Pioneering Diamyd® Study to Prevent Childhood Diabetes Approved
Diamyd Medical announces today that the Swedish Medical Products Agency has approved a study with the Diamyd® diabetes vaccine in children with high risk to develop type 1 diabetes.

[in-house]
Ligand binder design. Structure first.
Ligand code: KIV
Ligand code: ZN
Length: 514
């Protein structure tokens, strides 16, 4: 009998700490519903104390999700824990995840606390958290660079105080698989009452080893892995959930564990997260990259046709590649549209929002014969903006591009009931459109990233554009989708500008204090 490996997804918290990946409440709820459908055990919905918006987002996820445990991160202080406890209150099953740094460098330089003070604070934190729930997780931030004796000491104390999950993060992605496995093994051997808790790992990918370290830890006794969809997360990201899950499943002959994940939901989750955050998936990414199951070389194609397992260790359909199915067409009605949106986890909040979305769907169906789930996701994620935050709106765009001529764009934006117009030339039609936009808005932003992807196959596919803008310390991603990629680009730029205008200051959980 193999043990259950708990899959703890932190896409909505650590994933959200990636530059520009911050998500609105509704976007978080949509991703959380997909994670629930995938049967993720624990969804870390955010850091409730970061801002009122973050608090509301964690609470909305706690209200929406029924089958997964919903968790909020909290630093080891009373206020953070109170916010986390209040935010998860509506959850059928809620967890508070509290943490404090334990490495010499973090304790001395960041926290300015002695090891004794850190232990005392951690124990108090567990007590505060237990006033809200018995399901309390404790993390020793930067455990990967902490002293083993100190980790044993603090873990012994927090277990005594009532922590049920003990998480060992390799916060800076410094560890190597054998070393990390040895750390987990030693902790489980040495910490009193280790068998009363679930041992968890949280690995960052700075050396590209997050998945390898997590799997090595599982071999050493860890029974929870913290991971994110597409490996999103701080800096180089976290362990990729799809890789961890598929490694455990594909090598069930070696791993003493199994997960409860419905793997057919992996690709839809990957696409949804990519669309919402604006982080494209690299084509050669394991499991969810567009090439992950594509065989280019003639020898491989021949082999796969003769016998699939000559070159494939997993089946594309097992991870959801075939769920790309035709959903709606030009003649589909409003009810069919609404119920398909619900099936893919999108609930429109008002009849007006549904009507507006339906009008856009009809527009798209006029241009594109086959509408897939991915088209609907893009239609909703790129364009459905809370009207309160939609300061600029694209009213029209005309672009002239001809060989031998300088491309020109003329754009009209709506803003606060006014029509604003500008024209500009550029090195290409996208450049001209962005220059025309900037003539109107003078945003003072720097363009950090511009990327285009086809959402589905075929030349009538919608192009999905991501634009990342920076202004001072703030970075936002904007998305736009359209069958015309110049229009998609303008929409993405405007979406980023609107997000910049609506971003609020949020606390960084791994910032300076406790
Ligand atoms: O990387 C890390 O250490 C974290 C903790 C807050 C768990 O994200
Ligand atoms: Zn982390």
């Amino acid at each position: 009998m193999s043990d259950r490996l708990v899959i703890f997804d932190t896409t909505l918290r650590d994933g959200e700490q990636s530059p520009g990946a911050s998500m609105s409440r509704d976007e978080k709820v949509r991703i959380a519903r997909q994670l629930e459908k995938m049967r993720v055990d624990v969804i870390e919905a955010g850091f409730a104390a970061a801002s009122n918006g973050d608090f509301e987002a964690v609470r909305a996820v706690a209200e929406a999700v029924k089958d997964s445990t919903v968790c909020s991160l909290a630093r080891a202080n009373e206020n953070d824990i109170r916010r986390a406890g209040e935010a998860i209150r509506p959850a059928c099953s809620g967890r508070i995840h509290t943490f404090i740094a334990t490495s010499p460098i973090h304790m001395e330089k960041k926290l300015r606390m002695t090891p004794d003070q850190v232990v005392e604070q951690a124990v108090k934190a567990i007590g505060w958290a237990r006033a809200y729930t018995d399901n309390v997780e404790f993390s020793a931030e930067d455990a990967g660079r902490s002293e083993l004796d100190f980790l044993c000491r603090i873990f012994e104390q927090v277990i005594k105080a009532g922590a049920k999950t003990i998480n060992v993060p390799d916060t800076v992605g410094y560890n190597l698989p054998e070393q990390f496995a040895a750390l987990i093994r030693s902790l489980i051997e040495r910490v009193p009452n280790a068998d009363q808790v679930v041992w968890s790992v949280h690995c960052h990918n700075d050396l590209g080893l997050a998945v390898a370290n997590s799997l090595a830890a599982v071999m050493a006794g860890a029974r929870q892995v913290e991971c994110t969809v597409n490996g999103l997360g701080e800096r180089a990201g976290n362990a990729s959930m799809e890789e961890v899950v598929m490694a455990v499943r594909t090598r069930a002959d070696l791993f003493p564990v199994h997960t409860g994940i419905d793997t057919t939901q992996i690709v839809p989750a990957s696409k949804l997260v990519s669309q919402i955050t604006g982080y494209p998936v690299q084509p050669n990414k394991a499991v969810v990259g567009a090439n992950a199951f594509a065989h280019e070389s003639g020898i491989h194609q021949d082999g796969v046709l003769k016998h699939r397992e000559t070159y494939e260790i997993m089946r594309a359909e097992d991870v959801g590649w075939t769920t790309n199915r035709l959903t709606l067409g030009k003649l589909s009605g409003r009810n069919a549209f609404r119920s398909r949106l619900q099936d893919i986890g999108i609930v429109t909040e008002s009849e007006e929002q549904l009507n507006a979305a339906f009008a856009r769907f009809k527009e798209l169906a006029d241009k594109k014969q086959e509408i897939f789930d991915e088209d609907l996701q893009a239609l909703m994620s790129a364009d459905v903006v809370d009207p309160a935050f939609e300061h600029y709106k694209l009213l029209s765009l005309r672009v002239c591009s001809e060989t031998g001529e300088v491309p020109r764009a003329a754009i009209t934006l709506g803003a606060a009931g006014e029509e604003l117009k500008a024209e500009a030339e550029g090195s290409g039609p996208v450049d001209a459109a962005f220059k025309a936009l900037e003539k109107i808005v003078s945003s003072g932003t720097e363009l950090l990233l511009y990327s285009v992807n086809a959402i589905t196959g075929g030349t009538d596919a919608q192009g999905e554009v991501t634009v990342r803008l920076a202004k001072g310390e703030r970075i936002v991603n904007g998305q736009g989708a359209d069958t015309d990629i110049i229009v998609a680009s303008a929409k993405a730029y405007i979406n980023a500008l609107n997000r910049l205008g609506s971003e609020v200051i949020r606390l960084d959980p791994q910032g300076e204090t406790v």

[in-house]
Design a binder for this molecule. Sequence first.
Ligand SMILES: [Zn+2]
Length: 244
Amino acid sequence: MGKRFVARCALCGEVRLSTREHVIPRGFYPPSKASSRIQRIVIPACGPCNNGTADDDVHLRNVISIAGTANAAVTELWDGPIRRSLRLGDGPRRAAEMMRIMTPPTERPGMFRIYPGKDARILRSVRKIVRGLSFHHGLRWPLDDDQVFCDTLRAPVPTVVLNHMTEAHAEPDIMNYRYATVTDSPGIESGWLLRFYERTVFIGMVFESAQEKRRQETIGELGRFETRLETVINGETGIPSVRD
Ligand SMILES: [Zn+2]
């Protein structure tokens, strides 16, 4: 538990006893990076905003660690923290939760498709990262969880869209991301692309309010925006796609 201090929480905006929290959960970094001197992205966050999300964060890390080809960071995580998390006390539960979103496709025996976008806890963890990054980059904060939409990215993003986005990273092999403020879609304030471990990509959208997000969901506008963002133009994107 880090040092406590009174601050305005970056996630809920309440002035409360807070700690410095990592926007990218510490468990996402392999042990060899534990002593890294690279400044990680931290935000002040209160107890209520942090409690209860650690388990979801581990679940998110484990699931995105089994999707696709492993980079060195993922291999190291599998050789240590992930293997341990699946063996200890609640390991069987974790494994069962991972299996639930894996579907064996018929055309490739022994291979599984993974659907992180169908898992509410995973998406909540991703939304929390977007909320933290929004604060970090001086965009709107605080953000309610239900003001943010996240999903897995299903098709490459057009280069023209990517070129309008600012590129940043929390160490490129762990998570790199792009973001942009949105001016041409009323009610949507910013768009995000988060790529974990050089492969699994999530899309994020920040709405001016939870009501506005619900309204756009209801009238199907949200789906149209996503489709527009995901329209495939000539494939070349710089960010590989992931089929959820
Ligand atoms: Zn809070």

At Malmö University Hospital, Lund University in Sweden, large screening tests results in a continuous identification of children that are subject to a very high risk of developing type 1 diabetes. By measuring different biomarkers in blood samples, it is possible to determine in an early stage that these children are in the autoimmune disease process that destroys their insulin producing cells. If vaccination with Diamyd® succeeds to intervene in the disease process before too many of the insulin cells are destroyed, the disease will be prevented. The child would then escape diabetes symptoms and would not become dependent on insulin injections for survival, which otherwise is unavoidable. ”We meet with these kids every third month and we know that virtually all of them will present with type 1 diabetes. Many of us pediatricians have been frustrated not to be able to interfere. But now, and I have to admit it feels almost a bit unreal, we may for the first time have a real opportunity to save these children from the disease,” says Helena Elding Larsson, pediatrician from Malmö and researcher at Lund University in Sweden. The approved study comprises, under the present approval, up to 50 children from 4 years of age who are known to have a high risk of developing type 1 diabetes. The study will be randomized and placebo controlled. ”To vaccinate children against diabetes has from the outset been one of Diamyd Medical’s long term goals,” says Elisabeth Lindner, President and CEO of Diamyd Medical. ”Type 1 diabetes is a life-long and very serious disease and it is good if we now can prevent it. It would avoid a lot of anxiety, suffering and costs for the children and their families as well as the rest of Society.” Diamyd Medical was founded 15 years ago with the vision to treat and prevent type 1 diabetes with the GAD-molecule, which is the active ingredient in Diamyd®. The vaccine was first studied in adult so called LADA patients, where the Diamyd® vaccine showed it could prevent the need for insulin injections. In a more recent Phase II study, Diamyd® treatment of children and adolescents with type 1 diabetes and a certain remaining endogenous insulin production lead to a clearly improved disease process. The results from this study were published in the New England Journal of Medicine in October 2008. Large Phase III studies in children and adolescents, who recently have been diagnosed with fully developed type 1 diabetes, are now ongoing. Diamyd® treatment has not raised any safety concerns in any study and this strong safety profile has resulted in that Diamyd® now can be studied for prevention of childhood diabetes, according to the Company’s original idea. ”To stop the immune attack on the insulin producing cells in type 1 diabetes may be easier the sooner it is done in the disease process”, says Professor Åke Lernmark, at Lund University, Sweden. ”It is like steering a big boat away from a threatening collision. The sooner the course is changed, the better. A timely change in the course of the disease – no insulin injections – that may be this century’s contribution to curing autoimmune diabetes. Last century’s contribution? Insulin injections!” The Diamyd® diabetes vaccine has mainly been developed in Sweden, but with help from leading expertise from all over the world. Diamyd Medical’s scientific advisers include Professors Hans Wigzell, Karolinska Institute, Stockholm, Sweden; Lars Klareskog, Karolinska Institute, Stockholm, Sweden; Åke Lernmark, University of Lund, Sweden; Johnny Ludvigsson, University of Linköping, Sweden; David Leslie, University of London, United Kingdom; Bart Roep, Leiden University, the Netherlands; Jerry Palmer, University of Washington, USA; Mark Atkinson, University of Florida, USA; Daniel Kaufman, University of California, Los Angeles (UCLA), USA; Allan Tobin, UCLA, USA and Joe Glorioso, University of Pittsburgh, USA.